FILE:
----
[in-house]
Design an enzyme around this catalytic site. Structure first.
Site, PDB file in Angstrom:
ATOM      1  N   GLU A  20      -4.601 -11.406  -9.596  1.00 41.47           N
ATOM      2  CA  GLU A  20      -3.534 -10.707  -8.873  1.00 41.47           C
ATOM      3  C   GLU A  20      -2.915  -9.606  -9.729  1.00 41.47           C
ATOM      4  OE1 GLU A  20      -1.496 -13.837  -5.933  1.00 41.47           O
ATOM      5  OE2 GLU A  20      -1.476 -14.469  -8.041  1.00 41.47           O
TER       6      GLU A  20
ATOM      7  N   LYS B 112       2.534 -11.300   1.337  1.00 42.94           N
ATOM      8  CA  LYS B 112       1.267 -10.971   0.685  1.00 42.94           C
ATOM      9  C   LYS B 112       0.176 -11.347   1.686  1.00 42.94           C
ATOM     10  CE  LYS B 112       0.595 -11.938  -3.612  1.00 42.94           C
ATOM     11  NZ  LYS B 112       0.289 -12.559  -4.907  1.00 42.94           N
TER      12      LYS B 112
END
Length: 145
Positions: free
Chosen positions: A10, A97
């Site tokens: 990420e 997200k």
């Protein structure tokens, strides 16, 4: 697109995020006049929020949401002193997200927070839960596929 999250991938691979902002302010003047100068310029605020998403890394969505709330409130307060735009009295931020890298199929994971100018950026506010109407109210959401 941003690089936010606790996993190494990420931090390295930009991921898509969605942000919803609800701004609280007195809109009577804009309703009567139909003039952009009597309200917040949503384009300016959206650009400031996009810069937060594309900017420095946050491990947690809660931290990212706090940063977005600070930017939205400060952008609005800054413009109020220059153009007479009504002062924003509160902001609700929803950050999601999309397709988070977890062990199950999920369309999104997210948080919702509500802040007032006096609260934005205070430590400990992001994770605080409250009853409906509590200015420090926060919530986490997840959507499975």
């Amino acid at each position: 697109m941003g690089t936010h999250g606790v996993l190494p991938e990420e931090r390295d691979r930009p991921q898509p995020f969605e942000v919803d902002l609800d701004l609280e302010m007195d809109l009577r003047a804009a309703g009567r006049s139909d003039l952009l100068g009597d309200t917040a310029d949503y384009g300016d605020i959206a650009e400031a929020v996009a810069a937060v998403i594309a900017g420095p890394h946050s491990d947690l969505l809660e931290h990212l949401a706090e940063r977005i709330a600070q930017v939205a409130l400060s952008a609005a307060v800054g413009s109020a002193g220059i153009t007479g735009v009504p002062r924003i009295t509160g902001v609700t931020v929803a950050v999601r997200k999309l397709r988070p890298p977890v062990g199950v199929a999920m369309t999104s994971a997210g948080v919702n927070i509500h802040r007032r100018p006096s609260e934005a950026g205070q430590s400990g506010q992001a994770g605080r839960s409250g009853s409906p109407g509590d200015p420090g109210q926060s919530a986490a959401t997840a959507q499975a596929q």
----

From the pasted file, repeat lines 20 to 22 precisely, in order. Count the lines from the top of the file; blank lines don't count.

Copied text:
């Site tokens: 990420e 997200k």
């Protein structure tokens, strides 16, 4: 697109995020006049929020949401002193997200927070839960596929 999250991938691979902002302010003047100068310029605020998403890394969505709330409130307060735009009295931020890298199929994971100018950026506010109407109210959401 941003690089936010606790996993190494990420931090390295930009991921898509969605942000919803609800701004609280007195809109009577804009309703009567139909003039952009009597309200917040949503384009300016959206650009400031996009810069937060594309900017420095946050491990947690809660931290990212706090940063977005600070930017939205400060952008609005800054413009109020220059153009007479009504002062924003509160902001609700929803950050999601999309397709988070977890062990199950999920369309999104997210948080919702509500802040007032006096609260934005205070430590400990992001994770605080409250009853409906509590200015420090926060919530986490997840959507499975």
């Amino acid at each position: 697109m941003g690089t936010h999250g606790v996993l190494p991938e990420e931090r390295d691979r930009p991921q898509p995020f969605e942000v919803d902002l609800d701004l609280e302010m007195d809109l009577r003047a804009a309703g009567r006049s139909d003039l952009l100068g009597d309200t917040a310029d949503y384009g300016d605020i959206a650009e400031a929020v996009a810069a937060v998403i594309a900017g420095p890394h946050s491990d947690l969505l809660e931290h990212l949401a706090e940063r977005i709330a600070q930017v939205a409130l400060s952008a609005a307060v800054g413009s109020a002193g220059i153009t007479g735009v009504p002062r924003i009295t509160g902001v609700t931020v929803a950050v999601r997200k999309l397709r988070p890298p977890v062990g199950v199929a999920m369309t999104s994971a997210g948080v919702n927070i509500h802040r007032r100018p006096s609260e934005a950026g205070q430590s400990g506010q992001a994770g605080r839960s409250g009853s409906p109407g509590d200015p420090g109210q926060s919530a986490a959401t997840a959507q499975a596929q």